Way back in my ancient history, when I was in college and started dating my John, he’d always wanted a little sister.  I happened to have one.  Mary’s twelve years younger than I am, so she was only six or seven at the time.  She took one look at John, and being the smart sister she is, decided he was fair game.  She’d always run to the door to meet him when he came to the house.  She’d stall around, and sometimes, he’d take her to the ice cream stand and bring her back home before we officially started our dates.  John and I weren’t exclusive, and it reached the point that Mary would run to the door when other guys came to pick me up, and when they didn’t offer to take her for ice cream, she’d say, “I don’t like you.  I like John.  Go away.”  We had talks about that, but somehow Mary always let dates know they didn’t measure up to John.  When John and I finally got married, four years later, Mary was a happy girl.

Paula’s kids have the same reaction to Chase.  He takes them boating and fishing.   He helps them with their martial arts lessons.  He has a thing for kids, but he has a thing for Paula, too, and he’s a smart man.  It was fun working Aiden and Bailey into the romance. It reminded me of Mary and John.  After all, a writer’s experiences work their way into her stories.

Hope your writing brings you joy, too!


I put new chapters up on my webpage:  http://www.judithpostswritingmusings.com/

Author Facebook page:  https://www.facebook.com/JudiLynnwrites/

twitter:  @judypost



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I’ve started playing with plot points for my 6th romance.  I say playing because I’m still in the “Will this work?” phase.  And that’s exactly why I like tinkering with plot points in the first place.  I’m up to thirteen of them, and the whole damn story is sagging.   I mean, there are plenty of things going on, and they feel pretty interesting, but are they bringing the protagonist and her romantic interest together?  Not unless Karli would marry the one and only man who’s ever shown any interest her.  The chemistry, so far, is zippo.  And the main reason?  Keagan is about as exciting, so far, as white bread.  I’ve done a crappy job of bringing him to life.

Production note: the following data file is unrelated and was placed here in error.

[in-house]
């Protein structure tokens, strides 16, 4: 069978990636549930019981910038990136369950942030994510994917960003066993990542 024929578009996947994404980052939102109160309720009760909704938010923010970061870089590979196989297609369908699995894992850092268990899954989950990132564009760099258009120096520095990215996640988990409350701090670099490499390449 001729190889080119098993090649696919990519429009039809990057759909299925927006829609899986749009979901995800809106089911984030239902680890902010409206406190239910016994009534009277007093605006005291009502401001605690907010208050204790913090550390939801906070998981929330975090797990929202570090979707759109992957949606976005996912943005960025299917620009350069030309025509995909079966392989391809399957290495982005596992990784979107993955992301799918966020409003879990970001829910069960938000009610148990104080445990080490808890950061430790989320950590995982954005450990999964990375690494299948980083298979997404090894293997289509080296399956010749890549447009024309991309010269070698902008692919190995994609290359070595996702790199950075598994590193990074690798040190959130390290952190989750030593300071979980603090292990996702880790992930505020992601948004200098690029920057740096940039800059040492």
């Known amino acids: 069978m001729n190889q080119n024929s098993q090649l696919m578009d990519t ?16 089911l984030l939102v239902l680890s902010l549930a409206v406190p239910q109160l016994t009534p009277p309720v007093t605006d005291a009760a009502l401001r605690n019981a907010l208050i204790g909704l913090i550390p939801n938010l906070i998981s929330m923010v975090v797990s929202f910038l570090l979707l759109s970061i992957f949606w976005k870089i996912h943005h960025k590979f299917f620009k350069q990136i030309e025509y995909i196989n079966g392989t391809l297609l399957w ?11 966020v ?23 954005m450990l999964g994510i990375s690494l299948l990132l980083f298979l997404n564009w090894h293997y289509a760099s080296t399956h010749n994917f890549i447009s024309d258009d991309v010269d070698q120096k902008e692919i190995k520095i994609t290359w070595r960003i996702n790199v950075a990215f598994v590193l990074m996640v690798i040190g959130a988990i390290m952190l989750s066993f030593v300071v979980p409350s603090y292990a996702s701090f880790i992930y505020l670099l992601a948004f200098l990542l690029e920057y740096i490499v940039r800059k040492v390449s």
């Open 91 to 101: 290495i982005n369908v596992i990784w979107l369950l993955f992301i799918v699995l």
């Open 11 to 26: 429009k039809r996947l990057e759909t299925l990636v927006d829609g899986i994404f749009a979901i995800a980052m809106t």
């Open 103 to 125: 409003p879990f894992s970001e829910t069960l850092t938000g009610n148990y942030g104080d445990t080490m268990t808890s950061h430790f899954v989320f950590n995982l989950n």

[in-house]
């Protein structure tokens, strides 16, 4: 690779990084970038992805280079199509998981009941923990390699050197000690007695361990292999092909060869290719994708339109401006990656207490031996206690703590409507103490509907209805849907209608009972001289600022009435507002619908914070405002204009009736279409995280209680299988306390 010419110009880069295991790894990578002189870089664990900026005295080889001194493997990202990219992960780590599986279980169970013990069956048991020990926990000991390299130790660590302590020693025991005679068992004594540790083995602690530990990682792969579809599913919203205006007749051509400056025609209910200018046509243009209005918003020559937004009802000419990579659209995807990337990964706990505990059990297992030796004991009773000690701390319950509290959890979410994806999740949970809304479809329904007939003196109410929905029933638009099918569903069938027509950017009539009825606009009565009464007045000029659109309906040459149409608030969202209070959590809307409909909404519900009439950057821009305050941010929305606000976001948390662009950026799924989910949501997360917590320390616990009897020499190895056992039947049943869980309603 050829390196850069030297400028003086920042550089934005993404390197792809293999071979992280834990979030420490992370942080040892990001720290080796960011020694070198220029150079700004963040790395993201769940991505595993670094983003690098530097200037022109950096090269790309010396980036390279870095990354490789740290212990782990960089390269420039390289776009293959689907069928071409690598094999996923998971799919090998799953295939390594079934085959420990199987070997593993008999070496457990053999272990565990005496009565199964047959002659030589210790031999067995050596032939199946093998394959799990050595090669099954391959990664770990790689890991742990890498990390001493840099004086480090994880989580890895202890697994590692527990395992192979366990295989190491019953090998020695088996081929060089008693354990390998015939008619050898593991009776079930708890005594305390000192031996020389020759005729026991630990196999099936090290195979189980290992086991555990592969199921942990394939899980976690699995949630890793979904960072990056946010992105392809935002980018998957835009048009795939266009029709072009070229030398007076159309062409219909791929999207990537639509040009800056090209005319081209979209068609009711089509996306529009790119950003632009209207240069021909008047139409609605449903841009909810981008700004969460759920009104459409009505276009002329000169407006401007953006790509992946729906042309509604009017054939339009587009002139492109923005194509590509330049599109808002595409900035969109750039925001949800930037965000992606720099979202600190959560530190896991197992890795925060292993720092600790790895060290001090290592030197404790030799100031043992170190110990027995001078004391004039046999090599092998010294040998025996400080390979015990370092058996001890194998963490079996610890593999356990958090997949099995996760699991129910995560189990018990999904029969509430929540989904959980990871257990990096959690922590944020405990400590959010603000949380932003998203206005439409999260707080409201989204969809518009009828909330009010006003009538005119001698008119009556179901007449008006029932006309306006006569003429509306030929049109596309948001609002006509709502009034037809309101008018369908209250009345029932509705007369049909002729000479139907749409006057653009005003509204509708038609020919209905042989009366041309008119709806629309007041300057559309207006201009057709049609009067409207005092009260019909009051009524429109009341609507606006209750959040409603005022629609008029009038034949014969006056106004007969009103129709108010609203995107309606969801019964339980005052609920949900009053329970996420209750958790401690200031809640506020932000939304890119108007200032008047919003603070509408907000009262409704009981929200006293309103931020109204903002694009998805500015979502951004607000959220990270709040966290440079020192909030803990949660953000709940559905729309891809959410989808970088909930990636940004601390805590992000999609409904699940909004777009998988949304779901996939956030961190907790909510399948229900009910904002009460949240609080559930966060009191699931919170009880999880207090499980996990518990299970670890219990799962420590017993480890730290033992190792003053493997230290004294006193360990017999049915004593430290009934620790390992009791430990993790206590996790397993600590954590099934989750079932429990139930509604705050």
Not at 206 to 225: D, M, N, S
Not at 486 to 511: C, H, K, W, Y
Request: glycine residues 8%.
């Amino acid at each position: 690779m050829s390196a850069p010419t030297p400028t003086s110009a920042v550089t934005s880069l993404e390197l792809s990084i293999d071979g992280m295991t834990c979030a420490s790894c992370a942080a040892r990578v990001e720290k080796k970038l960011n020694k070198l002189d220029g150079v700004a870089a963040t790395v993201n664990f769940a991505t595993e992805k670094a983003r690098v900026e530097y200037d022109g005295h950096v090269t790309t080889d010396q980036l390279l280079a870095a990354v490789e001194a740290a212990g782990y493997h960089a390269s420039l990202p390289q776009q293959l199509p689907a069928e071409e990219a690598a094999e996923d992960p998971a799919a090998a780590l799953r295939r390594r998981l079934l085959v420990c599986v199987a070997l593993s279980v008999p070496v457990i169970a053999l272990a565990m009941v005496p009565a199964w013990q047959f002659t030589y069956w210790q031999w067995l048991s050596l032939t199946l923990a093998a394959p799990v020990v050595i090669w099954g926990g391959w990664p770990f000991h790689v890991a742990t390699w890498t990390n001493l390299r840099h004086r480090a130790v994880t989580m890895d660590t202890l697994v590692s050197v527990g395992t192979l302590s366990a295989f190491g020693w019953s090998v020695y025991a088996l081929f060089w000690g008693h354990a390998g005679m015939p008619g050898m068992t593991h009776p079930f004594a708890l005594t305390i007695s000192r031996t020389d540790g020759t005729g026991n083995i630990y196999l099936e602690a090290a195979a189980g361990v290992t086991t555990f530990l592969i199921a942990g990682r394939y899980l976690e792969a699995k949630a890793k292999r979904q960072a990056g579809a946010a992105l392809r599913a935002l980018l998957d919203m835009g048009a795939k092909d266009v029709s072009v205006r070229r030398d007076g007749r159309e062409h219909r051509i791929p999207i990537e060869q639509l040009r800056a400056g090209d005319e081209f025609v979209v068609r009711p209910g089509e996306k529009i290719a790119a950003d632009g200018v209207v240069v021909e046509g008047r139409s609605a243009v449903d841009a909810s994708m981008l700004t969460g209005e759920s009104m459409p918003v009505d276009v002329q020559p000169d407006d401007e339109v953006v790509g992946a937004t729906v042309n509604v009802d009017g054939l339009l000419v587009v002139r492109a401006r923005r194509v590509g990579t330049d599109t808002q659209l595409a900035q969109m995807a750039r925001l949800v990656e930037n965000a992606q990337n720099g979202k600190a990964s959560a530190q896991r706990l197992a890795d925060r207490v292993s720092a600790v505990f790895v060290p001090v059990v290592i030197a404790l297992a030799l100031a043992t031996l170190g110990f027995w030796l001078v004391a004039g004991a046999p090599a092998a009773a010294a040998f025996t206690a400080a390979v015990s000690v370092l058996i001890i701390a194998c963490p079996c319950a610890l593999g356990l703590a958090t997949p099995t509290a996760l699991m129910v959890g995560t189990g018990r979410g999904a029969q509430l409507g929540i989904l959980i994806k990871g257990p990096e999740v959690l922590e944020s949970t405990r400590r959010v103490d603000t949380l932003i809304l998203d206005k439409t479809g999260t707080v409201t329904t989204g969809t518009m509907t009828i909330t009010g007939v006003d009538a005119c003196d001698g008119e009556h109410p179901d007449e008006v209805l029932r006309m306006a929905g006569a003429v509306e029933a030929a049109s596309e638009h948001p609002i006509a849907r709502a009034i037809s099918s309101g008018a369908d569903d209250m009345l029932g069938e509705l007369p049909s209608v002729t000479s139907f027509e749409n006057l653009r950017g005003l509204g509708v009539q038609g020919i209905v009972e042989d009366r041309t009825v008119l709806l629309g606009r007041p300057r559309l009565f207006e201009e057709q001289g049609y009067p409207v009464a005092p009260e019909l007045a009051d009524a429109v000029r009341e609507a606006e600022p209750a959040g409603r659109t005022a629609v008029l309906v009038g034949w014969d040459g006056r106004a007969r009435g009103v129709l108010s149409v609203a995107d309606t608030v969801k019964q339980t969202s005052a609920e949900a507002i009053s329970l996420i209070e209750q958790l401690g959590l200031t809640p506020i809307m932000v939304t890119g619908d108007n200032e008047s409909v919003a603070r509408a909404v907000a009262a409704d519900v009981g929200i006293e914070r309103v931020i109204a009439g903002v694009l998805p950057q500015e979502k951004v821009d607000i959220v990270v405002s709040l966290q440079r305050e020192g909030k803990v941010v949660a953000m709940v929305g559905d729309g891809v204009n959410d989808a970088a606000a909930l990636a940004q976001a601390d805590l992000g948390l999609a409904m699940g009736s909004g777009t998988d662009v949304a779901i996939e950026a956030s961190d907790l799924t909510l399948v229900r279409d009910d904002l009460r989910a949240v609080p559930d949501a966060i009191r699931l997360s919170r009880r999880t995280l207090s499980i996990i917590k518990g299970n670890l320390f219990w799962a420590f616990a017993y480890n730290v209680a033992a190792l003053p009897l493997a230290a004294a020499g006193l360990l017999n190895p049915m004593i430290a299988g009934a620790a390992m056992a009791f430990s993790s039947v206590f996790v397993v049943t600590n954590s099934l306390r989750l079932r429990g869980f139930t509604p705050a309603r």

The nice thing about doing plot points, for me, is that they show me what DOESN’T work, where the holes are, where the story peters out.  I started with an idea that really excited me.  I had characters who caught my attention and didn’t let go.  I still like the premise and both characters, but are they dancing to life on the page?  Not so much.  And they started out great…for about four or five chapters.  And then?  There wasn’t enough tension between them to keep me from yawning.  But the good news is, my plot points made that obvious.  I can fix it in the planning stage instead of the rewrite and weep stage when I’m sick and tired of the whole thing and want it done.

Once I hit chapter twelve, I could see I needed to up the conflict, too.  An easy fix.  I added another character who, hopefully, readers will love to hate.  I’ve just met him, and I’d already like to smack him with a two-by-four, which makes him perfect:)   I could also see that I needed to add more of a feel for Mill Pond into the mix.  Another easy fix.  After all, the residents of the little resort town love interfering in other peoples’ lives.  Oops, I mean they love to help and lend a hand.  Anyway, I’m up to plot point thirteen, and I’m so happy I bothered with them, because they’re going to save me a lot of work once I start putting words on the page.

I know plot points aren’t for everyone, but I blog about what I’m up to at the moment.  And on this particular day, I’m singing the praises of planning my books out. You have to find what works for you, but a few sign posts here and there can come in handy.  Whatever you come up with, have fun and happy writing!

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Chapters 28 & 29 are up.

Zoey meets Cordelia.  Hope you enjoy!


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Just sharing